Endless Scroll (note the double meaning) is a critique of everyday life that grieves our inability to escape computers and the Internet and lingers on mundane happenings as compensation. Nods to post-punk greats (Wire, etc.) are obvious, but modern showboats like The Two Koreas come to mind as well.

Bodega succeed because they never take themselves too seriously. They’re endlessly cool, and look like they could probably kick your ass, too.

-Scott Bryson

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2018 Albums of the Year: IDLES – Joy as an Act of Resistance 

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The Telescope presents the top albums of 2018. We gathered best-of lists from contributors, crunched some numbers and came up with a list of records that unanimously wowed us this year.

“My blood brother is an immigrant
A beautiful immigrant
My blood brother’s Freddie Mercury
A Nigerian mother of three
He’s made of bones, he’s made of blood
He’s made of flesh, he’s made of love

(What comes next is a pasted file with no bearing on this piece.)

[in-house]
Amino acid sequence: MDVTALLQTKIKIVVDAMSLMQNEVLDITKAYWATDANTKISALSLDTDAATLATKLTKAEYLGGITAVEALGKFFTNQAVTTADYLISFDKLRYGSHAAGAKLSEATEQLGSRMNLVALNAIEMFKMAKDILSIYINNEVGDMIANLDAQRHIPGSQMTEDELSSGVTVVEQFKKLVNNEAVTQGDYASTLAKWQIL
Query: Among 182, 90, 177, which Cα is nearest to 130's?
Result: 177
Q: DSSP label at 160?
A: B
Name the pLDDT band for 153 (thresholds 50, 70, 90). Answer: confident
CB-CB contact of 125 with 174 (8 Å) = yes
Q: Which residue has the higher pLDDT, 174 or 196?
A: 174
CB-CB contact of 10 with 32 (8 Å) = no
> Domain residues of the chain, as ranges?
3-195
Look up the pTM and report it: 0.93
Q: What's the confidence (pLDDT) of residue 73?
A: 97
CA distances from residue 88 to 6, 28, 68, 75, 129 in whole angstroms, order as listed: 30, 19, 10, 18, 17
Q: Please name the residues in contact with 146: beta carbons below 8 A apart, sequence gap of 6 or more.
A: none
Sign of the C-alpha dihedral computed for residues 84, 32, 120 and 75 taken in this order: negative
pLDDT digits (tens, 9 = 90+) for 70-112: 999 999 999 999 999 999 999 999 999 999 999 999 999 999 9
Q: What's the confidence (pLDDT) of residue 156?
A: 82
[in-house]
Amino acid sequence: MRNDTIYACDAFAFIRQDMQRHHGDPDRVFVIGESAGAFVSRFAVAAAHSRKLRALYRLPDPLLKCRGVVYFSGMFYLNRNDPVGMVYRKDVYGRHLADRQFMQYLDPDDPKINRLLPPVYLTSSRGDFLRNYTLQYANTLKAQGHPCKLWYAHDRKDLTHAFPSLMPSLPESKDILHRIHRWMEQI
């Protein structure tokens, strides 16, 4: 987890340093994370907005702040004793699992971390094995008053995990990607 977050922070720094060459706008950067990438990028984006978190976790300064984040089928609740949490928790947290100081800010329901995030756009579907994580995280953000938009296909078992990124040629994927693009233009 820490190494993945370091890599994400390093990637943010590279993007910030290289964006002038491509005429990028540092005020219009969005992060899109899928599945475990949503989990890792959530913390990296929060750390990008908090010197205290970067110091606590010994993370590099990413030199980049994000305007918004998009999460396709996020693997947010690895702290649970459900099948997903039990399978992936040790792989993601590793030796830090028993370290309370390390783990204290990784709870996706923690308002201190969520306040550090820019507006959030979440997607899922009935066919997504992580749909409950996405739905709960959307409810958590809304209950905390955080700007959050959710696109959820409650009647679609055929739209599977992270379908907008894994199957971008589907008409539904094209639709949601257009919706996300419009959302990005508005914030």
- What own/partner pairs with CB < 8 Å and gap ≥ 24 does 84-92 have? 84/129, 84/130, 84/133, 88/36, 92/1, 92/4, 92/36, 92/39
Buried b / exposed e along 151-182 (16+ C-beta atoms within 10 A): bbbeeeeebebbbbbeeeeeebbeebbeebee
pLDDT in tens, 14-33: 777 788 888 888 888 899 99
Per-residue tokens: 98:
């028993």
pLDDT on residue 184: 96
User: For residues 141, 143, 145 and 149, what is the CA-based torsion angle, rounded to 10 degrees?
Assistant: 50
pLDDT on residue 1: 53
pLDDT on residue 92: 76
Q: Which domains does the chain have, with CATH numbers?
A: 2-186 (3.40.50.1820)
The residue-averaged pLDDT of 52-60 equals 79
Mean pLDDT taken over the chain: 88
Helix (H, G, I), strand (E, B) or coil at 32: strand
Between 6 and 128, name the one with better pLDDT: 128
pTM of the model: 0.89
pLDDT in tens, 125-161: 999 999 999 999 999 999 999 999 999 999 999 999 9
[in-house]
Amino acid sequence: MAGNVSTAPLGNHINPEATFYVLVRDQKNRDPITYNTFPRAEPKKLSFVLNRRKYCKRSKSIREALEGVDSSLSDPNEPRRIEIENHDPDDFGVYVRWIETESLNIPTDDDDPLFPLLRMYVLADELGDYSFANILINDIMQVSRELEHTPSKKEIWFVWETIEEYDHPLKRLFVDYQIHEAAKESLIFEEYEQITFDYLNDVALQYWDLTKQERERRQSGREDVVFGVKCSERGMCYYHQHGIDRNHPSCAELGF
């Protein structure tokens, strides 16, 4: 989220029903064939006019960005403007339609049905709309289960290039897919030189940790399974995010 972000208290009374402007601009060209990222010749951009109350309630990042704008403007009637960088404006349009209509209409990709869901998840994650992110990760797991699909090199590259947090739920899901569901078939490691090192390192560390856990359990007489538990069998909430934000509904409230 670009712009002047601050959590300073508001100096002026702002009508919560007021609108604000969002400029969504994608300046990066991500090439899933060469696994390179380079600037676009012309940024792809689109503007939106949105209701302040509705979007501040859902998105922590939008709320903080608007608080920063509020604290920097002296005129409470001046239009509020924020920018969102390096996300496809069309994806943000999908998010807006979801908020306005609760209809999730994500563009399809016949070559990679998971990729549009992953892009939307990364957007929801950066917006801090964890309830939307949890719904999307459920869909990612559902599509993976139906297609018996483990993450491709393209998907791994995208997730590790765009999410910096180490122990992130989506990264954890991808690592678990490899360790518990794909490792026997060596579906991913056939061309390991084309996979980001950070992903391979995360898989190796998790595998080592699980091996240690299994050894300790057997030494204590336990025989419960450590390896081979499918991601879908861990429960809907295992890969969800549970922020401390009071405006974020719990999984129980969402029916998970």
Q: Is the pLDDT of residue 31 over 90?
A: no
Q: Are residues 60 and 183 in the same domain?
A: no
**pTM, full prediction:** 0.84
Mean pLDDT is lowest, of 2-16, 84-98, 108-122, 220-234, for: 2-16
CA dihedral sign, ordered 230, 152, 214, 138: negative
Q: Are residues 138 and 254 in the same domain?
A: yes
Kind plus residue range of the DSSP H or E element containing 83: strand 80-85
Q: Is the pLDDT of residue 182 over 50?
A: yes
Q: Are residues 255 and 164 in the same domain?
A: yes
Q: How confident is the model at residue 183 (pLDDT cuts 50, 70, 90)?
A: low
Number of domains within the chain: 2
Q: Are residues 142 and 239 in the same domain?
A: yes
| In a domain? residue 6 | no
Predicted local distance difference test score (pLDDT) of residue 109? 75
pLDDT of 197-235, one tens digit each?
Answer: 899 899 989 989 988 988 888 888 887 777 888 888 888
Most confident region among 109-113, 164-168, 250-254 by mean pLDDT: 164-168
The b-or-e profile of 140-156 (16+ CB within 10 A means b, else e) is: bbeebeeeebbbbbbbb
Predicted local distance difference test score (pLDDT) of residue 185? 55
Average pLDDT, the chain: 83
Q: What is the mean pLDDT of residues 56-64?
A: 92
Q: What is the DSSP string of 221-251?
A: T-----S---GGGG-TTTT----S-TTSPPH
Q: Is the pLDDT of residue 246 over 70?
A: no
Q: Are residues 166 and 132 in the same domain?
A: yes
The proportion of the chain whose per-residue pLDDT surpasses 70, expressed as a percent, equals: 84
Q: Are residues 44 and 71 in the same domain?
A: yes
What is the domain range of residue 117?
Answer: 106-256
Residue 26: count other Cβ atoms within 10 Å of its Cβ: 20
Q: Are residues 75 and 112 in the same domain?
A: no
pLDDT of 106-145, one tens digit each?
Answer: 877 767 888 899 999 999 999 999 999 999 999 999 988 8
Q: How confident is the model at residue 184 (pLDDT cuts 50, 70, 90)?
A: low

He’s made of you, he’s made of me
Unity”

What a positive, non-judgmental message filled with love and unity. In fact, IDLES entire second album, Joy as an Act of Resistance is filled with messages of inclusivity and love, in case that isn’t obvious by its title. But if you think this powerful message is delivered using sad folky acoustic guitars, think again.

Singer Joe Talbot has said time and time again that IDLES are not a punk band. Sure, okay, but with the aggressive power behind the music and Talbot singing like someone who would easily headbutt you and then spit on the floor at a pub if you ever got in his way, I can understand the label’s origin.